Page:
What scenes do you alone seem to remember?

I’m pretty sure no one watched The John Laroquette Show but me. Yet on it, one of the funniest moments in sitcom history occurred:

Bum: Can I have a dollar?
Shopkeep: Man, last time I gave you a dollar, you called me from that pay phone four times.
Bum: Everybody says they love irony, but nobody wants to pay for it.

It’s tattooed into my brain. No one else in the universe remembers seeing it, that I’ve found so far. Your turn.

Also from the John Laroquett show: his female friend is late for lunch. Her excuse is, “I had to go home and feed the fish.” His response: “Is that what the kids are calling it these days?”

I seem to remember the Nazi-soldier-WWII-save-Rachel scene from Highlander the first time I saw it in theaters, but not again until the latest DVD release.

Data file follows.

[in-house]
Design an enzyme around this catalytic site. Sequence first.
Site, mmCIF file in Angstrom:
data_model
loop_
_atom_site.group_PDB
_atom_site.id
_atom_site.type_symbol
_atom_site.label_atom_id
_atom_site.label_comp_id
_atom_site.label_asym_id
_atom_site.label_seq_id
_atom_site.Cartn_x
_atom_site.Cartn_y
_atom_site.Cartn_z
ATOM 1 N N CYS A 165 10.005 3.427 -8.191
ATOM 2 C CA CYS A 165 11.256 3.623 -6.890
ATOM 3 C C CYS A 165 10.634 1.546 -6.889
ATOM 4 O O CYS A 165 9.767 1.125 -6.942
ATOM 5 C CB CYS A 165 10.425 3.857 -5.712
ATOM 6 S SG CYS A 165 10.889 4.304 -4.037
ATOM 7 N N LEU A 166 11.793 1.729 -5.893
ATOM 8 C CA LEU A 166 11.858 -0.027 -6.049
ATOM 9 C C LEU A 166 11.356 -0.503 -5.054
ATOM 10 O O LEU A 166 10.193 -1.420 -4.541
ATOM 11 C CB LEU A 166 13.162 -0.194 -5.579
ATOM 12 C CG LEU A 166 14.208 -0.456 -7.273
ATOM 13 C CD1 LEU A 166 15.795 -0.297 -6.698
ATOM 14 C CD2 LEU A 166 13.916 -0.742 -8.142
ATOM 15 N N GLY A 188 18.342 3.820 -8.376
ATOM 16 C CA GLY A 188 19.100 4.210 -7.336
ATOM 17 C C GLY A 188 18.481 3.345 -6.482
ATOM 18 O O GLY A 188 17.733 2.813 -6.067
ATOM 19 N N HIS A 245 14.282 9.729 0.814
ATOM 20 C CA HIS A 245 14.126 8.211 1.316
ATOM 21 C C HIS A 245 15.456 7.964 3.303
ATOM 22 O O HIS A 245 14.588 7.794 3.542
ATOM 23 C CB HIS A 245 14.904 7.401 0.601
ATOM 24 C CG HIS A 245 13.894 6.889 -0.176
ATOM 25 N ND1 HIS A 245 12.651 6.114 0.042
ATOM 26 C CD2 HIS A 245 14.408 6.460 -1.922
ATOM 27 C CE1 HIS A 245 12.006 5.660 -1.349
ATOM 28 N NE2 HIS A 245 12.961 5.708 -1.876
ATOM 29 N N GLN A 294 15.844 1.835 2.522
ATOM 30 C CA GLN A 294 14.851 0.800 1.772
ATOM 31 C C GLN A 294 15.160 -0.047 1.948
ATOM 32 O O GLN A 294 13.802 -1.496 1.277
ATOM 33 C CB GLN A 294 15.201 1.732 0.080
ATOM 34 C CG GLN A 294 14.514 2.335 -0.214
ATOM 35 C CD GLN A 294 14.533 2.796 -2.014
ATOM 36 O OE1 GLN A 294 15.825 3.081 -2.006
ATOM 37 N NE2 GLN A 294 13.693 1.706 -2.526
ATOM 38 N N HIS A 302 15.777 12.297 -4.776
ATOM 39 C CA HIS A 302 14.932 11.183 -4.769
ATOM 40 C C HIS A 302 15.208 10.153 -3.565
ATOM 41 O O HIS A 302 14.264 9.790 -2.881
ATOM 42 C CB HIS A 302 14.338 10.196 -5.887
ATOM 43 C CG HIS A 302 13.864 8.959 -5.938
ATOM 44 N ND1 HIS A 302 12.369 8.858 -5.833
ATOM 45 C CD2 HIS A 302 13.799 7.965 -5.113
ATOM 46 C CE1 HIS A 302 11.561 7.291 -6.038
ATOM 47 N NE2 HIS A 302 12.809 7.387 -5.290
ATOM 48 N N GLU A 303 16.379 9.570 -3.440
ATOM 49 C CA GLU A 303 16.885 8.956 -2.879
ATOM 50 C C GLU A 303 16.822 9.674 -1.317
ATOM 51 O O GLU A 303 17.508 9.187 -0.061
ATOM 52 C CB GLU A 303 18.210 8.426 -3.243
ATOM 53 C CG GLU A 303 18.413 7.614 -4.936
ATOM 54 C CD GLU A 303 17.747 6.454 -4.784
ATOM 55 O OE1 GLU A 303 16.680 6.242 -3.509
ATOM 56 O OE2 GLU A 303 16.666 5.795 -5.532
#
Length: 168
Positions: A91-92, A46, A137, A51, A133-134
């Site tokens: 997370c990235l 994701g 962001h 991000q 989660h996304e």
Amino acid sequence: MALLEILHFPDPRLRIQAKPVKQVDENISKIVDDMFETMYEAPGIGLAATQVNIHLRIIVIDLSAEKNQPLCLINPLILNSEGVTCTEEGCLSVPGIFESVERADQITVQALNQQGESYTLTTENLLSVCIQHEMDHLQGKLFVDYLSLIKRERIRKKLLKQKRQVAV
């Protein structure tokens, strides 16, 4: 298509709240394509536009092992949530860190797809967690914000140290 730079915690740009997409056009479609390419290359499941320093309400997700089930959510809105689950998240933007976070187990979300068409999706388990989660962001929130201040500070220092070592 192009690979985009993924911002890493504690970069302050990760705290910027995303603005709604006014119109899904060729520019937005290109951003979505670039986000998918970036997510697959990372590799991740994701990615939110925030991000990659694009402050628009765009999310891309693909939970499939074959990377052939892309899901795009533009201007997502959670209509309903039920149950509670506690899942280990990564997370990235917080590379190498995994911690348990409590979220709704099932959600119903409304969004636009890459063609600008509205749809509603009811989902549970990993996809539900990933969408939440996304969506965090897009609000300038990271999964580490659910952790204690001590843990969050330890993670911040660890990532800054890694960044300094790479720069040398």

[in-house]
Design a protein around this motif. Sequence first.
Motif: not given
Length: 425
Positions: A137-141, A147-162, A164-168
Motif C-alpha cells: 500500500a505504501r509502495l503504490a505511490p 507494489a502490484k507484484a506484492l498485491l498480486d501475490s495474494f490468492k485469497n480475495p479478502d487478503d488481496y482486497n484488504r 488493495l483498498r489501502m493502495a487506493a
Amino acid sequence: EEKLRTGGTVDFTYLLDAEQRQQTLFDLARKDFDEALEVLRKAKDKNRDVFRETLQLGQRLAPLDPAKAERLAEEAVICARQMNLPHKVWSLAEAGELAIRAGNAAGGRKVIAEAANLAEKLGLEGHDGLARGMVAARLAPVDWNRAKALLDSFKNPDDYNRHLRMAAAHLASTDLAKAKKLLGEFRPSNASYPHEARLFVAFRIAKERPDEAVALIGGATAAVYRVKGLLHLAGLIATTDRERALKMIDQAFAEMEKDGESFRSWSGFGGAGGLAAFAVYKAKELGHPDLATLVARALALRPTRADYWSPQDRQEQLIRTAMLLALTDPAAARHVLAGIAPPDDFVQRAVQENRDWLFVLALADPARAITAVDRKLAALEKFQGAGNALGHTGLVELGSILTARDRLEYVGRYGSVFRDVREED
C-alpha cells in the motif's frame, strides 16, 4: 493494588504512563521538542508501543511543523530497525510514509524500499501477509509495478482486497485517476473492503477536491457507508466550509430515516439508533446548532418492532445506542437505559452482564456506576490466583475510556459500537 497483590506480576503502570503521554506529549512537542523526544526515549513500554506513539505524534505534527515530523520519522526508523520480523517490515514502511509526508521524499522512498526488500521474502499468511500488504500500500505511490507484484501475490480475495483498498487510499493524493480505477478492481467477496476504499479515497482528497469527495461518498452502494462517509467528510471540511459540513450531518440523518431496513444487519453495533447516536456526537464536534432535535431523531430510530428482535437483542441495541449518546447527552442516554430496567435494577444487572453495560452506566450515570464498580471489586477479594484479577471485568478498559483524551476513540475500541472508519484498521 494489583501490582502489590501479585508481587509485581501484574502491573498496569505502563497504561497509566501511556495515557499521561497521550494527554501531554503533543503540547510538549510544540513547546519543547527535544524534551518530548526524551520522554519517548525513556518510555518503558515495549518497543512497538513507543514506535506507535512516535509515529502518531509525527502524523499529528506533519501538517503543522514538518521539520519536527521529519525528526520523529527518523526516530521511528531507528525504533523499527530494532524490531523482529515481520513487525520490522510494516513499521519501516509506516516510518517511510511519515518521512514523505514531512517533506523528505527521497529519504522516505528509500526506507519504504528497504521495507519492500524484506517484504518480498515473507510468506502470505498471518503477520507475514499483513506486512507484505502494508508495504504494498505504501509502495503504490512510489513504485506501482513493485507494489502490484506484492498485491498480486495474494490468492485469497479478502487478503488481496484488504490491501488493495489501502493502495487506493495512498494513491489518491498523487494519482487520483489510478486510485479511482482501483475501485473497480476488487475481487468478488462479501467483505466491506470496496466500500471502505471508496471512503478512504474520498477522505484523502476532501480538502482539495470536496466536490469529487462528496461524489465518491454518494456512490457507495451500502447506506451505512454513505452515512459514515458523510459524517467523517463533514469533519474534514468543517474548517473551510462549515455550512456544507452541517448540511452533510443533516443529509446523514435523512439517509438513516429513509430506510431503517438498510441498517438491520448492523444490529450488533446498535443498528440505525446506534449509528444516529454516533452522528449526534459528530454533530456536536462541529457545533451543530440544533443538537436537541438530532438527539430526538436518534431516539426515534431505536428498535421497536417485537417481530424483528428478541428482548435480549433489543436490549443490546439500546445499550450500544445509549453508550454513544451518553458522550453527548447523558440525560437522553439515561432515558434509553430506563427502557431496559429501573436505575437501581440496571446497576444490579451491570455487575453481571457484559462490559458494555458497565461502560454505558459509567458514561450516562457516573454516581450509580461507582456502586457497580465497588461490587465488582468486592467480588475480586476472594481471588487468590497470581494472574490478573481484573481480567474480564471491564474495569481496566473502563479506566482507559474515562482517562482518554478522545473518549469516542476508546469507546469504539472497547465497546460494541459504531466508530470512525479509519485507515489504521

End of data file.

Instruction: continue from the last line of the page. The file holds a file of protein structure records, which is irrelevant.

I’ve since been told it never played in the states with that scene.

In Babe, Pig in the City, when Mrs. Hoggett is invited into the private room to be searched by customs, the woman officer snapped a rubber glove on her hand. I saw this in the theater; that last shot is missing from subsequent video releases.

I remember something from the trailer for “Who Framed Roger Rabbit” that I never saw in the actual movie – a brief scene of a guy with a pig’s head looking in a mirror and saying “I’m a pig!”

One from the mid 1970s: I definitely remember watching television and seeing an episode of The Flintstones in which Fred, Wilma et al went on a trip by plane somewhere. The plane was a pterodactyl-like bird and they sat outside on its wings. And I distinctly recall seeing QANTAS written on the side of the plane. I was only about ten at the time but even so I thought that was weird. I’ve never found anyone else who has seen this episode.

I’ve never met anyone who remembers what I do about the ending of the theatrical release of Apocalypse Now!.

As a backdrop to the end credits there were many huge, colorful, and sort of beautiful, firework-like explosions in and around the temple complex–presumably from the air-strike that was called in by the guy that got beheaded (before said beheading, of course).